A landmark book on the origin of the Arab-Israeli conflict

Palestine 1936 is essentially the story of how two nationalist movements took root and developed, leading to the Great Arab Revolt and the start of today's Arab-Israeli conflict.

 Oren Kessler (photo credit: HADAS PARUSH)
Oren Kessler
(photo credit: HADAS PARUSH)

Palestine 1936: The Great Revolt and the Roots of the Middle East Conflict is an eminently readable account of how the State of Israel emerged from the flames of Mandate Palestine, but it is much more. It is the first scholarly, extensively researched, investigation into the formative events of 1936-39 in the Holy Land – events that its author, Oren Kessler, demonstrates to be the origin and model for the subsequent unresolved, and perhaps unresolvable, Arab-Israel conflict. He shows how, during what he calls “the Great Revolt,” the concept of Arab Palestinianism was born while, at the same time, the decades-long Zionist dream of a Jewish state – Jewish nationalism – began to solidify into reality.

The Arab Revolt of 1936–39 was the first sustained uprising of Palestinian Arabs in more than a century. Thousands of Arabs from all classes were mobilized, and nationalistic ideas were disseminated throughout Arab society. The British, mandated to govern Palestine and create a national home for the Jewish people, were taken aback by the extent and intensity of the revolt. They shipped more than 20,000 troops into Palestine, and by 1939 the Zionists had armed more than 15,000 Jews in their own nationalist movement.

Dealing with the period leading up to 1936, Kessler describes the short, but deadly, pre-Mandate attacks on Jews – 1920 in the Old City of Jerusalem, and May Day 1921 in Jaffa – but he categorizes much of the later 1920s as “the Mandate’s calmest chapter.” The number of Jewish immigrants reached 80,000; agricultural settlements doubled to over 100; the Hebrew University was founded; and it was a time of economic and trade growth and development.

But it was the calm before the storm. In 1929, Tisha Be’av (the 9th of Av) – the day both First and Second Temples in Jerusalem were destroyed – marked the start of the deadliest clash so far between Jews and Arabs. British officialdom had promulgated new severe restrictions on Jewish access to the Western Wall. Mass protests by Jews generated counter protests by Arabs. The clashes between them got out of hand. Bloodthirsty Arab mobs embarked on a six-day killing spree which included lynching, rape and other unspeakable brutality. In addition to hundreds of wounded on both sides, 133 Jews died.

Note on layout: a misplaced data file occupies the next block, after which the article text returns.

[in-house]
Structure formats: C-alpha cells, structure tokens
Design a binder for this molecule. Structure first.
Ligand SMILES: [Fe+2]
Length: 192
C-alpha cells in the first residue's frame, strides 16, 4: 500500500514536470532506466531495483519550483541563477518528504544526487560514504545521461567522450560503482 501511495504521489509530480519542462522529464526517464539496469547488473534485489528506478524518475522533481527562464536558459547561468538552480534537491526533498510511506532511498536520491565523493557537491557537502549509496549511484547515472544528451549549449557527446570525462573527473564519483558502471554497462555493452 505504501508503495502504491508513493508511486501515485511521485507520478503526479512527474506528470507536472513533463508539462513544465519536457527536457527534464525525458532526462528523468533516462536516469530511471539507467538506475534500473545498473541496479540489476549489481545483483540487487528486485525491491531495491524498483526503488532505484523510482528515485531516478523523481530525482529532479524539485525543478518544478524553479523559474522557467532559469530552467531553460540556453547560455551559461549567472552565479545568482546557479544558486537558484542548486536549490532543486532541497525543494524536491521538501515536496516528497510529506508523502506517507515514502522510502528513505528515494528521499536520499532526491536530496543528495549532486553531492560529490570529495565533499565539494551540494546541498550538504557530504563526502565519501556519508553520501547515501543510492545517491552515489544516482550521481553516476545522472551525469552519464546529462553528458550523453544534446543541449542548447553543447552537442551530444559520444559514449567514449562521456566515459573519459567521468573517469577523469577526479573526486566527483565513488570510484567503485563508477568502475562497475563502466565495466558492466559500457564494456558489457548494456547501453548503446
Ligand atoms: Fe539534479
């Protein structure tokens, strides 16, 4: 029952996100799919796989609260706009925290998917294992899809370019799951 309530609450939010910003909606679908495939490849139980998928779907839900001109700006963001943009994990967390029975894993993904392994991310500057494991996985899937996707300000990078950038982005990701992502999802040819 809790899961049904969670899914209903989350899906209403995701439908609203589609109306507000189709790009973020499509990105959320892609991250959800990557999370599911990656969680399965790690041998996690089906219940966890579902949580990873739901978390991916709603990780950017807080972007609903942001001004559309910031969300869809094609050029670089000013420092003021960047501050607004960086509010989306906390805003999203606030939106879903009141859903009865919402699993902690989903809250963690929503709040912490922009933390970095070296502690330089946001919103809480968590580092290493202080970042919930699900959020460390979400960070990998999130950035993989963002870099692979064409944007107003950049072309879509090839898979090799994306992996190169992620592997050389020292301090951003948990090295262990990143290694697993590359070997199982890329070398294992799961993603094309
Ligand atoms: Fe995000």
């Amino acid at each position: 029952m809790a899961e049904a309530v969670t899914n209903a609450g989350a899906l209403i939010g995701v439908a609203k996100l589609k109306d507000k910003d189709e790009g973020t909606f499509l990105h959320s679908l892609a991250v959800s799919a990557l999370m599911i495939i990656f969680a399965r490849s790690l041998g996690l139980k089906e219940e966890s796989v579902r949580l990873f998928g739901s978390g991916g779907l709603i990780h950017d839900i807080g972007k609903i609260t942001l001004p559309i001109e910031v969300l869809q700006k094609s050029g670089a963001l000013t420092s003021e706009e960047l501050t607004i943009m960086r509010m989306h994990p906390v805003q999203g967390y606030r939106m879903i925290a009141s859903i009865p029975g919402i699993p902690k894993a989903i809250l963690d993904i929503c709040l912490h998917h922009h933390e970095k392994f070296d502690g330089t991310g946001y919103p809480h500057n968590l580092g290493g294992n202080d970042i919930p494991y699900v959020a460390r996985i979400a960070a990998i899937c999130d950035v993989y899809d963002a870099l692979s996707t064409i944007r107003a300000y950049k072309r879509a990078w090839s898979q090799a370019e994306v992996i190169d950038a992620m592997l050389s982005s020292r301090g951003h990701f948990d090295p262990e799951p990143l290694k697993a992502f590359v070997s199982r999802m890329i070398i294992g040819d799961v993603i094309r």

Britain set up a commission of inquiry. Its report, in the spring of 1930, concluded: “The outbreak…was from the beginning an attack by Arabs on Jews.”

 An explosion is seen in Jaffa in 1939 amid the Arab revolt. (credit: Wikimedia Commons)
An explosion is seen in Jaffa in 1939 amid the Arab revolt. (credit: Wikimedia Commons)

“The outbreak…was from the beginning an attack by Arabs on Jews.”   

Describing the situation in 1936, just prior to the Great Revolt, Kessler reminds us that Hitler and the Nazis had been in power in Germany for three years, and that his intention to emasculate his Jewish population was already evident. In Palestine, the fanatical Izz al-Din al-Qassam, killed by the British police, had become the first Arab martyr and cult hero. Meanwhile, Jewish immigrants had been flooding into Palestine. By 1936 there were some 400,000. As Kessler puts it: “The Arabs of Palestine started to wonder…whether a world war was looming, one that might rid their country of Britain and the Jews for good.”

The incident that sparked the Great Revolt occurred on April 15, 1936. A Jewish poultry dealer, ambushed by Arabs seeking money for weapons intended to avenge the death of Qassam, could not meet their demands and was shot. Kessler recounts, with the pin-point accuracy only achieved through assiduous research, the details, one after another, that built up to a full-scale riot in Jaffa, known as the Bloody Day, while the British police attempted, and failed, to control the situation.

Shortly afterwards, an Arab National Committee was formed in Nablus, to be followed by local branches across the country, all urging the Arab public to withhold their taxes. Then came the establishment of an Arab Higher Committee (AHC), chaired by the mufti of Jerusalem, Hajj Amin al-Husseini, a visceral hater of the Jewish people. The AHC masterminded a general strike of Arab workers, demanding an end to Jewish immigration, an end of land sales by Arabs to Jews, and the establishment of a representative government to reflect the country’s Arab majority.

The Arabs’ anti-British action continued for months, with waves of armed rebellion, arson, bombings, and assassinations. Masterminded by the mufti, British soldiers and Jewish civilians were slaughtered indiscriminately, to say nothing of suspected Arab collaborators. In desperation, the government agreed to a step it had previously resisted – arming and training Jews for self-defense. The Jewish Supernumerary Police was founded.